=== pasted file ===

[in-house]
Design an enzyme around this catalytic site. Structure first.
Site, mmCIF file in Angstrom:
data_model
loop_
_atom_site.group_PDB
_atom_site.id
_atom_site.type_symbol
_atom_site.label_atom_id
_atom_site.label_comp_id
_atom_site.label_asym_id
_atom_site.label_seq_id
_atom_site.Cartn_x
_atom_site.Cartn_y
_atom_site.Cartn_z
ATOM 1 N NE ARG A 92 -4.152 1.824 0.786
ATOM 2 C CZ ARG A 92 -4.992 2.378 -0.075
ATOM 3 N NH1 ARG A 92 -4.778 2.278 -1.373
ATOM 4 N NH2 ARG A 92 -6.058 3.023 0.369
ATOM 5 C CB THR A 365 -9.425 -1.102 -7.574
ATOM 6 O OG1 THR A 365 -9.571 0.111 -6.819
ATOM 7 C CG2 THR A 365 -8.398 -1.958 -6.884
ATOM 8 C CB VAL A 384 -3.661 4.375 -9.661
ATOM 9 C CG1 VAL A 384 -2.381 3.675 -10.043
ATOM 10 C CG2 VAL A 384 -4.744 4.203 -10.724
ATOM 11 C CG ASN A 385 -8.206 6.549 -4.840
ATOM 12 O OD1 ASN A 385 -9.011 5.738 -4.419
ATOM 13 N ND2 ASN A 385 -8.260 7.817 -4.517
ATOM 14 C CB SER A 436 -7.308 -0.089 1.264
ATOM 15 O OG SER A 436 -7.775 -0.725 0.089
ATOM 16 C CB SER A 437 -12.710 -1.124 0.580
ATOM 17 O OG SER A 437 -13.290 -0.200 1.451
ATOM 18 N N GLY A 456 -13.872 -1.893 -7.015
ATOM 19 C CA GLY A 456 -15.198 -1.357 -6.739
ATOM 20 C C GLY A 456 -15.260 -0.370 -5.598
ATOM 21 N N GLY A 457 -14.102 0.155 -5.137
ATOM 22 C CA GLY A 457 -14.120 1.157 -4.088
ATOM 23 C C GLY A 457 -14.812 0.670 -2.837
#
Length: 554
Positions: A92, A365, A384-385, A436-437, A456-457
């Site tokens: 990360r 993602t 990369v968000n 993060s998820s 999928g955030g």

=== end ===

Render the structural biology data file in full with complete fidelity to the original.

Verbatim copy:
[in-house]
Design an enzyme around this catalytic site. Structure first.
Site, mmCIF file in Angstrom:
data_model
loop_
_atom_site.group_PDB
_atom_site.id
_atom_site.type_symbol
_atom_site.label_atom_id
_atom_site.label_comp_id
_atom_site.label_asym_id
_atom_site.label_seq_id
_atom_site.Cartn_x
_atom_site.Cartn_y
_atom_site.Cartn_z
ATOM 1 N NE ARG A 92 -4.152 1.824 0.786
ATOM 2 C CZ ARG A 92 -4.992 2.378 -0.075
ATOM 3 N NH1 ARG A 92 -4.778 2.278 -1.373
ATOM 4 N NH2 ARG A 92 -6.058 3.023 0.369
ATOM 5 C CB THR A 365 -9.425 -1.102 -7.574
ATOM 6 O OG1 THR A 365 -9.571 0.111 -6.819
ATOM 7 C CG2 THR A 365 -8.398 -1.958 -6.884
ATOM 8 C CB VAL A 384 -3.661 4.375 -9.661
ATOM 9 C CG1 VAL A 384 -2.381 3.675 -10.043
ATOM 10 C CG2 VAL A 384 -4.744 4.203 -10.724
ATOM 11 C CG ASN A 385 -8.206 6.549 -4.840
ATOM 12 O OD1 ASN A 385 -9.011 5.738 -4.419
ATOM 13 N ND2 ASN A 385 -8.260 7.817 -4.517
ATOM 14 C CB SER A 436 -7.308 -0.089 1.264
ATOM 15 O OG SER A 436 -7.775 -0.725 0.089
ATOM 16 C CB SER A 437 -12.710 -1.124 0.580
ATOM 17 O OG SER A 437 -13.290 -0.200 1.451
ATOM 18 N N GLY A 456 -13.872 -1.893 -7.015
ATOM 19 C CA GLY A 456 -15.198 -1.357 -6.739
ATOM 20 C C GLY A 456 -15.260 -0.370 -5.598
ATOM 21 N N GLY A 457 -14.102 0.155 -5.137
ATOM 22 C CA GLY A 457 -14.120 1.157 -4.088
ATOM 23 C C GLY A 457 -14.812 0.670 -2.837
#
Length: 554
Positions: A92, A365, A384-385, A436-437, A456-457
């Site tokens: 990360r 993602t 990369v968000n 993060s998820s 999928g955030g």